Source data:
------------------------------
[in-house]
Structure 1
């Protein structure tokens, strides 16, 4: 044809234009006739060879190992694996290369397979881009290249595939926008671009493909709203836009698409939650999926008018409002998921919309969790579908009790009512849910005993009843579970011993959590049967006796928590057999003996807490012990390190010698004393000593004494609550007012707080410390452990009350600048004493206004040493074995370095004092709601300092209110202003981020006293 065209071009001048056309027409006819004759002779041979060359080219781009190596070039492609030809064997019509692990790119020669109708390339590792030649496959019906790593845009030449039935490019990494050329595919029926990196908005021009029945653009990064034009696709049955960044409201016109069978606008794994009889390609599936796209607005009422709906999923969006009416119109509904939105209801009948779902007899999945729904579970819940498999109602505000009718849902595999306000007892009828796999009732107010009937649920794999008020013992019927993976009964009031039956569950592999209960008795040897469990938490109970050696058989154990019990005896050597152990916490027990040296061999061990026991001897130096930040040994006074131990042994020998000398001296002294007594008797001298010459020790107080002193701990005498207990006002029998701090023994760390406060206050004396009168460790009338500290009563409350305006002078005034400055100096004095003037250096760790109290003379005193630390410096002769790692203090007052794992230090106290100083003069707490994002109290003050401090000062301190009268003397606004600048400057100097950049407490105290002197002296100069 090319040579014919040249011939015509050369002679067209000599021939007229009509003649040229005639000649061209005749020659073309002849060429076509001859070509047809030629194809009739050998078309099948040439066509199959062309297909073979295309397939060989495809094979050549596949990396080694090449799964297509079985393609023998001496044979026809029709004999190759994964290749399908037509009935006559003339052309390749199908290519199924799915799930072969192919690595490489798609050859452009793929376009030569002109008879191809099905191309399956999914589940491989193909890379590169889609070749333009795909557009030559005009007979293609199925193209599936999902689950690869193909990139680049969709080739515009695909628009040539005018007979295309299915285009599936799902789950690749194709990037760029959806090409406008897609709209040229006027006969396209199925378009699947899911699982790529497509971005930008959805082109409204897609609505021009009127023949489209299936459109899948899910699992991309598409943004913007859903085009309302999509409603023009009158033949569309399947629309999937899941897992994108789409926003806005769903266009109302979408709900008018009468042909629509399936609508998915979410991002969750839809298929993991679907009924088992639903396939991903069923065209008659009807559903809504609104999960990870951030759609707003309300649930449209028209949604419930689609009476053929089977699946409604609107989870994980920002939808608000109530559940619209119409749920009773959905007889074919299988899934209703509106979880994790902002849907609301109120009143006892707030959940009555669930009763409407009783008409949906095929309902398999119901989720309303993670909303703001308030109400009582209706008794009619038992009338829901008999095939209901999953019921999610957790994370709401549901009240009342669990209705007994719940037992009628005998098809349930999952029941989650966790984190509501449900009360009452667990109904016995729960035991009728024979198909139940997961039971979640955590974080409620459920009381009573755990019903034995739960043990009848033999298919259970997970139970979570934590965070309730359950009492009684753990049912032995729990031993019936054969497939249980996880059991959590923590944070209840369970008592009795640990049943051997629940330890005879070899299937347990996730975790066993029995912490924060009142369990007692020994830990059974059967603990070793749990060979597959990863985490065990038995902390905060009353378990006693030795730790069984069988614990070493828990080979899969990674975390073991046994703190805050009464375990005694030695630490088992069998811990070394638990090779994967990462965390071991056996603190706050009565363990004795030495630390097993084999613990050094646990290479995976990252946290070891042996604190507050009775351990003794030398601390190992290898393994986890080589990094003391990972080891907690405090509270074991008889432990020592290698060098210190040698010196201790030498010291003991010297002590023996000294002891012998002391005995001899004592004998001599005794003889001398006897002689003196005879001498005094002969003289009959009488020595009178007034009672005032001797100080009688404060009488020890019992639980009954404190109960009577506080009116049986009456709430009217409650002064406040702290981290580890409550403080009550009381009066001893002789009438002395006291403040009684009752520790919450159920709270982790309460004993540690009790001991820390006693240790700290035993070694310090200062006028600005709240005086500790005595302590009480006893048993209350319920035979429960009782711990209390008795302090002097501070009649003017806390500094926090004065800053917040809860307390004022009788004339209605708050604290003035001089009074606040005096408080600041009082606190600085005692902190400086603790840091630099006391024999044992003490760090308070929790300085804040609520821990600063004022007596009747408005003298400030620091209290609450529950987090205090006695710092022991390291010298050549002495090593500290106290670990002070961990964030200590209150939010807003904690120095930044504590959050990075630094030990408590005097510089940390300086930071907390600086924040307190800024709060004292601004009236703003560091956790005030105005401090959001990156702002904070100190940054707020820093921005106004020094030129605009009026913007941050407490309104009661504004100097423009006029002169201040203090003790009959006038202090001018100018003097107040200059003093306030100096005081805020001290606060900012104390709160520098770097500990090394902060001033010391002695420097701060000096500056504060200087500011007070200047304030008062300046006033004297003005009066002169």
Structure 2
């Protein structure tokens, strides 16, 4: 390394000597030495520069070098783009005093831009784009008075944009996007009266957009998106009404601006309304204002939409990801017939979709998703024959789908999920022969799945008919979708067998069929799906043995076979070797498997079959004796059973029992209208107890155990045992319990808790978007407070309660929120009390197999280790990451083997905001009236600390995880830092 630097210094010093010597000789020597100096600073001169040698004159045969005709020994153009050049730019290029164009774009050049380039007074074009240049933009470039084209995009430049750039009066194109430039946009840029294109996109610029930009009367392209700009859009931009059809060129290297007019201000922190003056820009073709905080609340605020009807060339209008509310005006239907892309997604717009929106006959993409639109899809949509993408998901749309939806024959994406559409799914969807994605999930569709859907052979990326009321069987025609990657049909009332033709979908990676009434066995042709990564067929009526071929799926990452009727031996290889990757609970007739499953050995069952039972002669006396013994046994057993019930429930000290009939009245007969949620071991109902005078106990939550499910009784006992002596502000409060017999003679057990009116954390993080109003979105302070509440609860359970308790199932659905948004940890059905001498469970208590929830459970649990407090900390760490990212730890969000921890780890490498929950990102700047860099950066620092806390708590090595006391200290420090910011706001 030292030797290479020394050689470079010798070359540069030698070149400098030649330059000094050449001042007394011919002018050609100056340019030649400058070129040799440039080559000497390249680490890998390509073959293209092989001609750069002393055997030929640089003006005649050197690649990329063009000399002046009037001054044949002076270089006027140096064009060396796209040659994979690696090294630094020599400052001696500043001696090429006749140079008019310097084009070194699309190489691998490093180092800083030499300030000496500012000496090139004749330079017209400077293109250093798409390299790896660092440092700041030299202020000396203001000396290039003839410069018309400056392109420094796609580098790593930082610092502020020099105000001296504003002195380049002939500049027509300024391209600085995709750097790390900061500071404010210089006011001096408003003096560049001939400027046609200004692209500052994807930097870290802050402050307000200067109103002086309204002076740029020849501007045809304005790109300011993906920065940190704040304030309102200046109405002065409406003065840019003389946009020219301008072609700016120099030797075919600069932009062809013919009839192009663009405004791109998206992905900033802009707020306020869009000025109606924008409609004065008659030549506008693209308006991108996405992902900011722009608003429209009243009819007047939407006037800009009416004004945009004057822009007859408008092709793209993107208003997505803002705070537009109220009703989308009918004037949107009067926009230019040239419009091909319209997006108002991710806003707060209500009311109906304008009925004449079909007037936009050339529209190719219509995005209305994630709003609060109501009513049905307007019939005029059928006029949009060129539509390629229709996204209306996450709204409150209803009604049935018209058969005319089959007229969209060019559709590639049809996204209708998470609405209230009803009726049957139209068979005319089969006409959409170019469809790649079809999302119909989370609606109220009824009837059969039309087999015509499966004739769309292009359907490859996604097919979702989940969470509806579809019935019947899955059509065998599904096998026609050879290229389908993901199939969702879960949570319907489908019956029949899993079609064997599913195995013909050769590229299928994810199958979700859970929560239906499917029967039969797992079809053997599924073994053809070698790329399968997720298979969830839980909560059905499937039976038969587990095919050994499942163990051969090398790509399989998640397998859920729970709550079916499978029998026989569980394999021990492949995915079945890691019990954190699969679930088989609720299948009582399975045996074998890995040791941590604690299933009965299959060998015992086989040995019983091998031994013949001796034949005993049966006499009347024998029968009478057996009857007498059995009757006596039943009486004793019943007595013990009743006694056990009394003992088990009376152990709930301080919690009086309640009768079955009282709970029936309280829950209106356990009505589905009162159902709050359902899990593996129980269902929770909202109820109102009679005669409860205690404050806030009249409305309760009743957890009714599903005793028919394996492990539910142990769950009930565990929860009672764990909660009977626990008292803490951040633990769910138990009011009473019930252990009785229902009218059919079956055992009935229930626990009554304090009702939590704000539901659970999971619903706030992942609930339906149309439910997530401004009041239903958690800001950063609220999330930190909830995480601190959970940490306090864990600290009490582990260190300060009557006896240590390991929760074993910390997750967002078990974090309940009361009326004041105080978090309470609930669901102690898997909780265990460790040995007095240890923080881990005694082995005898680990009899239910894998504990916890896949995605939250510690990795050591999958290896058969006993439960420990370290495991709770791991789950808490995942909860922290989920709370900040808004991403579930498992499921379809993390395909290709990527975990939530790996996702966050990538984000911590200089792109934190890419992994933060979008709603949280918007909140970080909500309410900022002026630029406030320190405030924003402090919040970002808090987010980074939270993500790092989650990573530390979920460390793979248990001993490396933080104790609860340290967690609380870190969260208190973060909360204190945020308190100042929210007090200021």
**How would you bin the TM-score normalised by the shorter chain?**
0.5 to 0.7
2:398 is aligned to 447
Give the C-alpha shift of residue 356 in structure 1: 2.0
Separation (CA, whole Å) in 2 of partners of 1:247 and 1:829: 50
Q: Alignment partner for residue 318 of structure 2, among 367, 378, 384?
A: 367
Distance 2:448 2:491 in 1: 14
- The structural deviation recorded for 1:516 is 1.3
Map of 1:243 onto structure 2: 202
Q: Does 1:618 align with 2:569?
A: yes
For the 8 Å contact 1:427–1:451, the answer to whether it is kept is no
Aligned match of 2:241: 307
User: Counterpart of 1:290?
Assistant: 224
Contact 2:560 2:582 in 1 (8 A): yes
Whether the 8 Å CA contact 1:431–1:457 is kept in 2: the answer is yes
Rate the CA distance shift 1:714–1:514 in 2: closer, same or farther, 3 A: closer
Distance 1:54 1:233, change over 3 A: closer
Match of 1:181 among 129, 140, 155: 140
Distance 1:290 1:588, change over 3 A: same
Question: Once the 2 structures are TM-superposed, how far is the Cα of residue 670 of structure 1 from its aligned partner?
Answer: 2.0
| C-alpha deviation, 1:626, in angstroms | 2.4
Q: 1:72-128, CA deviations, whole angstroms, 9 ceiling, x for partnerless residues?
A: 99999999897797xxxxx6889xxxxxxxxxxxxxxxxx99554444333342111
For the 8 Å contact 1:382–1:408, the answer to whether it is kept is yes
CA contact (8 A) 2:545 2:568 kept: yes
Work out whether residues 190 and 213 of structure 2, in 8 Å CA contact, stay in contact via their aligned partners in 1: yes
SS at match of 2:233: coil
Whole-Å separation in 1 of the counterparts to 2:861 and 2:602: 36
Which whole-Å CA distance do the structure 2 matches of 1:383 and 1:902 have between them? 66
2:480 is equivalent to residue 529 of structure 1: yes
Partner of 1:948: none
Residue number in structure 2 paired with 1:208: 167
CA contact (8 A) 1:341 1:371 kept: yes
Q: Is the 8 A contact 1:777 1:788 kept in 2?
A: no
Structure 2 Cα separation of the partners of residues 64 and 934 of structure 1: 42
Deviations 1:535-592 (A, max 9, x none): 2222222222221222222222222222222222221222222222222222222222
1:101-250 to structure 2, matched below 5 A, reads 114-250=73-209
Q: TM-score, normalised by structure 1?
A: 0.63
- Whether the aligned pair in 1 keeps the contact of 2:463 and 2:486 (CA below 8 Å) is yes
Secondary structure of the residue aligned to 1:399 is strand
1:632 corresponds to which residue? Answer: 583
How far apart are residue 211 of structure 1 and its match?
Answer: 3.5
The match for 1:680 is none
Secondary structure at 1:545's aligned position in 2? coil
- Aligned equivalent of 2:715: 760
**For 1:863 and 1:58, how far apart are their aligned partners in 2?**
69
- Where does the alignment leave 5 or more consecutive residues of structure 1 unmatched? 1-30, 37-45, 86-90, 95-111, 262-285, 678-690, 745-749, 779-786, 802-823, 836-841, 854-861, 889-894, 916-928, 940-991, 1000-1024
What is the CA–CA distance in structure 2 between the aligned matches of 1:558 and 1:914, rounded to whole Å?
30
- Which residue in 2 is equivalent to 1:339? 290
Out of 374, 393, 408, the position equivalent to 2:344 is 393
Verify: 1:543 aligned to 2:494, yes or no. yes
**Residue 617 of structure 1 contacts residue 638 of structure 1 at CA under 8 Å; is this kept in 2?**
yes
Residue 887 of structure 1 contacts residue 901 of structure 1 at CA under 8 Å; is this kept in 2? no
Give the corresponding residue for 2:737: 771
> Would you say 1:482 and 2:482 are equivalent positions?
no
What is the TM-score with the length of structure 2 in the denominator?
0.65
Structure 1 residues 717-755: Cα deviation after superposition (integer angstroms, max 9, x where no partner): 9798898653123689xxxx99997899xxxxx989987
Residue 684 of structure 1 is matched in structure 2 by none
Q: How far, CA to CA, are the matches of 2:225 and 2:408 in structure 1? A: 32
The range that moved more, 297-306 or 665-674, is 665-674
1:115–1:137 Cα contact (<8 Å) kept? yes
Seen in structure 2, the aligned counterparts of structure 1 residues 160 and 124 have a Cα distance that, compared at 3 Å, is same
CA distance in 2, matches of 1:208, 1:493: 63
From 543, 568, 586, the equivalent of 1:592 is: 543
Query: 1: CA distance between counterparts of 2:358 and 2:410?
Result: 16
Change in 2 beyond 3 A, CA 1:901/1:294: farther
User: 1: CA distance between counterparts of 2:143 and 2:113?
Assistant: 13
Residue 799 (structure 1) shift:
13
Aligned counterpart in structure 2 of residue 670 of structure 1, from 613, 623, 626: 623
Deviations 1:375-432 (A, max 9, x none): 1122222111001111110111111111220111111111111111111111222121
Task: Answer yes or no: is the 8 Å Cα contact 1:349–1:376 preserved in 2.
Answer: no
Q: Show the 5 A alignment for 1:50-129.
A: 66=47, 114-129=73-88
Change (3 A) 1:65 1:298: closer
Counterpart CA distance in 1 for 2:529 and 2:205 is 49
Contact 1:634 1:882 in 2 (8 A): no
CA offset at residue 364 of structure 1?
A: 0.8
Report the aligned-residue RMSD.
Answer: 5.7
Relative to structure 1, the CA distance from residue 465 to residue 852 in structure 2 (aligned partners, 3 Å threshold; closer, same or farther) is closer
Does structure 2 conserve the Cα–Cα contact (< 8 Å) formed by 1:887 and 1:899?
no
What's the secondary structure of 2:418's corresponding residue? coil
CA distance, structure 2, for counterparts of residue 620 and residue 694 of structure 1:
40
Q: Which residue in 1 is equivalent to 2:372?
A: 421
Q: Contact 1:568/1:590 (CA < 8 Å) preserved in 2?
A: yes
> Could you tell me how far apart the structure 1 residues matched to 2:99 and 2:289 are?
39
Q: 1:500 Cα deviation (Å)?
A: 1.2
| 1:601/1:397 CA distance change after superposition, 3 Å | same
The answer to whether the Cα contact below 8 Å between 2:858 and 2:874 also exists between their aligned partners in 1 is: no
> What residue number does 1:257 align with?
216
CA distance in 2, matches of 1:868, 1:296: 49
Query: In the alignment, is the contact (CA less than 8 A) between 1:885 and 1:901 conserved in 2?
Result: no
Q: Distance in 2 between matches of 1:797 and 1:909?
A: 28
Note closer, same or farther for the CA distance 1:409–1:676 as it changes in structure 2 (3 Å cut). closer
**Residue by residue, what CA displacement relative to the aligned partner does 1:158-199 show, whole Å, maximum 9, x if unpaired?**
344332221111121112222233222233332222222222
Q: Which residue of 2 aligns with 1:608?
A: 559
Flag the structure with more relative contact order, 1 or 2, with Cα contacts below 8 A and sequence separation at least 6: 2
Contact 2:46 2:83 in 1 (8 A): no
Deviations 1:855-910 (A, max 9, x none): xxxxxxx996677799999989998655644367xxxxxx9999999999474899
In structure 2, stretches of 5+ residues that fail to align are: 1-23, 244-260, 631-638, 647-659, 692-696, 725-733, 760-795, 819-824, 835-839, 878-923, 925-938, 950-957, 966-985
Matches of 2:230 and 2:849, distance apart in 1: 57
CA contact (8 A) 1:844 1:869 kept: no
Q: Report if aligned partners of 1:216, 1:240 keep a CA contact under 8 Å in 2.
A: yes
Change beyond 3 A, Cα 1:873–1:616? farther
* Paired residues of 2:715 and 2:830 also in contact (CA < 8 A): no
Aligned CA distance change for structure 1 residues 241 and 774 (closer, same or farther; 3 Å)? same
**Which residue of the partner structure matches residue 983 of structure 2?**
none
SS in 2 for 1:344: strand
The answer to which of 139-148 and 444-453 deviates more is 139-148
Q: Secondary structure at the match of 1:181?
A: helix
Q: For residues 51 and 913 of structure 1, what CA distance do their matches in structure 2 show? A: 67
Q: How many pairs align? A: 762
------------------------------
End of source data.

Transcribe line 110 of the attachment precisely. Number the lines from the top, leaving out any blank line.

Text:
Q: Contact 1:568/1:590 (CA < 8 Å) preserved in 2?